Empire Falls

February 21, 2012

I have a confession to make: I have loved every Richard Russo book that I have ever read. I haven’t read them all, of course, but I have read enough of them for the threads of different stories to have begun weaving themselves together into a single woven mass. The marital woes (or was it health woes? or job woes?) of one character are entangled with those of half a dozen others. Even though each book reads like a perfectly constructed jigsaw puzzle of interlocking parts, each of which is specially crafted for the story at hand, if I merely stop to reflect for a moment on any two Russo books, I will find myself confused about which story goes where.

This may explain my enduring appreciation of Russo. His stories are reliably familiar, but they are so well-told, and they work themselves out in patterns that are so fresh and appealing, that they simply never grow old. If I was a religious person — I’m not, but after reading Empire Falls I almost feel like a lapsed Catholic — if I was a religious person, this is the same goal I might hope to achieve in my relationship with God. I would hope that God, despite instantly recognizing me as a miserable sinner, steeped in mundane greed and jealousy, and pathetically unable to love my neighbors in any of the ways that they deserve,  would still find me entertaining and worthy of His special attention, and ultimately, His redemption.Empire Falls and its inhabitants are in dire need of redemption. The mills and most of the businesses closed down years ago. The remaining residents are trapped financially, physically, and emotionally. They can’t afford to stay and they lack the skills and fortitude to leave. No one understands this better than the main character, Miles Roby, a kindhearted, frustrated intellectual who was born in Empire Falls, left once upon a time to attend college, and then quit part way through in order to return home, care for his dying mother, and be close to (“pursue” is too strong a word) the woman he has loved since high school. Sadly, his dreams are frustrated and his noble sacrifices go unrewarded. His mother dies, but not before she screams from her deathbed for him to leave town, go back to college, and never return. His heart throb marries one “wrong” guy after another, and while she now spends her working days at the Empire Grill standing only a few feet from Miles, she stays frustratingly out of reach. By the time Miles finally conceives of a dream life for himself in Martha’s Vineyard, he finds himself caught in the same web of relationships and commitments that holds the entire town in place.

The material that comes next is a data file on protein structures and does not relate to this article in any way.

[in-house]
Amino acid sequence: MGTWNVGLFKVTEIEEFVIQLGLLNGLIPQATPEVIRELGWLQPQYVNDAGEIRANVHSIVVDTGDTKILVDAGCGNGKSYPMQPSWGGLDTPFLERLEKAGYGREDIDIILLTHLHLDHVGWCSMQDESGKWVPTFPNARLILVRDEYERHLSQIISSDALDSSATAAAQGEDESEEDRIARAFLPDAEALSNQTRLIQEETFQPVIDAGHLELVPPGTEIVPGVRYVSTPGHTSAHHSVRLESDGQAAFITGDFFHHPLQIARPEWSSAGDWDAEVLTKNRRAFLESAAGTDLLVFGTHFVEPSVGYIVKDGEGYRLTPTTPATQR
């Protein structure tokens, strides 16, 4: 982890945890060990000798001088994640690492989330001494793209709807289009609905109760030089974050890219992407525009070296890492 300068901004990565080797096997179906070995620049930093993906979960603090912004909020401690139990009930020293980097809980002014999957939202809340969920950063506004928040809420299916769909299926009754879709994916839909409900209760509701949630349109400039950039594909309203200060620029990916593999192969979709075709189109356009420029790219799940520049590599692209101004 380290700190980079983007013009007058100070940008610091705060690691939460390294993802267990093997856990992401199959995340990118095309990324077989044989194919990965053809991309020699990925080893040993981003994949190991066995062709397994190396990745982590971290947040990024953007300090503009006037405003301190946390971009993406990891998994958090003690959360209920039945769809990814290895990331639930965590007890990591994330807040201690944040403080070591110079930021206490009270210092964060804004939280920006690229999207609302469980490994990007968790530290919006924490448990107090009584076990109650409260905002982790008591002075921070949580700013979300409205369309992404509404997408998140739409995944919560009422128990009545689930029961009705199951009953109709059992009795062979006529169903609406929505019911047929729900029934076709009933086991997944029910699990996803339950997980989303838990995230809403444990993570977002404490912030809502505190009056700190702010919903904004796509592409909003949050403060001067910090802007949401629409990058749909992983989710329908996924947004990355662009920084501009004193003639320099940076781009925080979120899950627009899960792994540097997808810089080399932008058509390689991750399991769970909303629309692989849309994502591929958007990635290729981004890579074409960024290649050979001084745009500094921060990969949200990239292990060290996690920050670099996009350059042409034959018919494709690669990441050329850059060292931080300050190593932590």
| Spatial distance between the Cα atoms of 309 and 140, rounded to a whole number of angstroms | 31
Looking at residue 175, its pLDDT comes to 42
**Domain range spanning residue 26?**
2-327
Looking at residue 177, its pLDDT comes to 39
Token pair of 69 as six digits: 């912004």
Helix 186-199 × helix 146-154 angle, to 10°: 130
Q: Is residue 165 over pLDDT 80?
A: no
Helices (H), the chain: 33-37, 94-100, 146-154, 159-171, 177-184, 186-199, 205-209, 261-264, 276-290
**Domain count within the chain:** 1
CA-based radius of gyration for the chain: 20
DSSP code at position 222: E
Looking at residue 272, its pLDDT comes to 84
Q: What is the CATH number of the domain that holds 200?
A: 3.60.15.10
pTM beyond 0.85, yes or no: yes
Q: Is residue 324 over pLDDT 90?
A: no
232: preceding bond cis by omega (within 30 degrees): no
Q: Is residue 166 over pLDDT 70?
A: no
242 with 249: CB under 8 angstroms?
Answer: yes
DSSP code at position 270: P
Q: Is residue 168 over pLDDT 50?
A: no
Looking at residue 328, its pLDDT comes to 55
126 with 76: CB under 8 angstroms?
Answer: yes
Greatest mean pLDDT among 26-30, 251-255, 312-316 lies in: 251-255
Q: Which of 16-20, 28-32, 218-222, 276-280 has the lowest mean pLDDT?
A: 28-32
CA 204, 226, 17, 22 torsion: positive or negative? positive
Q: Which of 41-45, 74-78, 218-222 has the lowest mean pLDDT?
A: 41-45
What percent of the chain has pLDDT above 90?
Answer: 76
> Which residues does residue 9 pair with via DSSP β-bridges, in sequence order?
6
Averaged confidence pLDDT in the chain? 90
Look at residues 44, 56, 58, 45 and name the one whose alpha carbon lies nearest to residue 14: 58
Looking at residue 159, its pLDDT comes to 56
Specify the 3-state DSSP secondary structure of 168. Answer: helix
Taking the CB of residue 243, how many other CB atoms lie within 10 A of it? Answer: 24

The book walks Miles back and forth in time, and also back and forth between the Empire Grill and the local Catholic church. The church is such a prominent landmark in the story that I became certain that something awful (or humorous) would happen to Miles and his dad while they painted the steeple. I was wrong about the steeple, but not about the importance of paying attention to the religious homilies that Russo offers. This reflection on Jesus’s disciples seems especially apt: “what a relief it must have been when the stone was rolled across the entrance to the tomb, sealing everything shut so they could go back to being fishermen, which they knew how to do, rather than fishers of men, which they didn’t.”

Miles is surrounded by demons — a harpy ex-wife, her omnipresent irritating husband, a shiftless father, the bullying cop who lives next door, the post-suicidal and ultra-clingy cripple who still loves him, the cripple’s puppet master mother, to name just a few — but dealing with them is a task that he knows how to do. While he wishes they were not constantly at his throat, it is a relief of sorts for him to wake up each day and confront them. They are familiar. The alternative, letting go and striking out on a new path, doing what he doesn’t know how to do, is vastly more frightening. Fear of the unknown is what keeps us in Empire Falls.


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